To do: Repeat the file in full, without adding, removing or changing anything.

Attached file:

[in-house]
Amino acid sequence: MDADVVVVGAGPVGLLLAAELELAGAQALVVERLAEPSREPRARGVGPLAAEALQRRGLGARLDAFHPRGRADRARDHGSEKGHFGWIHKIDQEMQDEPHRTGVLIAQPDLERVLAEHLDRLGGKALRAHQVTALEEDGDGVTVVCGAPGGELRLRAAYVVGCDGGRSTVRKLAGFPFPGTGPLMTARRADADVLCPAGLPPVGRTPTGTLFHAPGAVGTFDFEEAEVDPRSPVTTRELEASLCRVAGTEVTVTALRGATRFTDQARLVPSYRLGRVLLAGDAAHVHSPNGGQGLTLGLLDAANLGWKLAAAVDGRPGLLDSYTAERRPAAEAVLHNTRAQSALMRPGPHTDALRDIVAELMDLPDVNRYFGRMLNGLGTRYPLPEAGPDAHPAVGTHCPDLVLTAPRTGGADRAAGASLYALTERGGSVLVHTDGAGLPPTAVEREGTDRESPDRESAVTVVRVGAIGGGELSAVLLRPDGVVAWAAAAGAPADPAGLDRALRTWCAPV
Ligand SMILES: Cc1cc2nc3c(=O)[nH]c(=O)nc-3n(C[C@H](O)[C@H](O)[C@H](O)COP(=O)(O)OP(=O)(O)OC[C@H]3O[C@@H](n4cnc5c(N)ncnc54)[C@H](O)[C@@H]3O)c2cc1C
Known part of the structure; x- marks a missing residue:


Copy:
[in-house]
Amino acid sequence: MDADVVVVGAGPVGLLLAAELELAGAQALVVERLAEPSREPRARGVGPLAAEALQRRGLGARLDAFHPRGRADRARDHGSEKGHFGWIHKIDQEMQDEPHRTGVLIAQPDLERVLAEHLDRLGGKALRAHQVTALEEDGDGVTVVCGAPGGELRLRAAYVVGCDGGRSTVRKLAGFPFPGTGPLMTARRADADVLCPAGLPPVGRTPTGTLFHAPGAVGTFDFEEAEVDPRSPVTTRELEASLCRVAGTEVTVTALRGATRFTDQARLVPSYRLGRVLLAGDAAHVHSPNGGQGLTLGLLDAANLGWKLAAAVDGRPGLLDSYTAERRPAAEAVLHNTRAQSALMRPGPHTDALRDIVAELMDLPDVNRYFGRMLNGLGTRYPLPEAGPDAHPAVGTHCPDLVLTAPRTGGADRAAGASLYALTERGGSVLVHTDGAGLPPTAVEREGTDRESPDRESAVTVVRVGAIGGGELSAVLLRPDGVVAWAAAAGAPADPAGLDRALRTWCAPV
Ligand SMILES: Cc1cc2nc3c(=O)[nH]c(=O)nc-3n(C[C@H](O)[C@H](O)[C@H](O)COP(=O)(O)OP(=O)(O)OC[C@H]3O[C@@H](n4cnc5c(N)ncnc54)[C@H](O)[C@@H]3O)c2cc1C
Known part of the structure; x- marks a missing residue: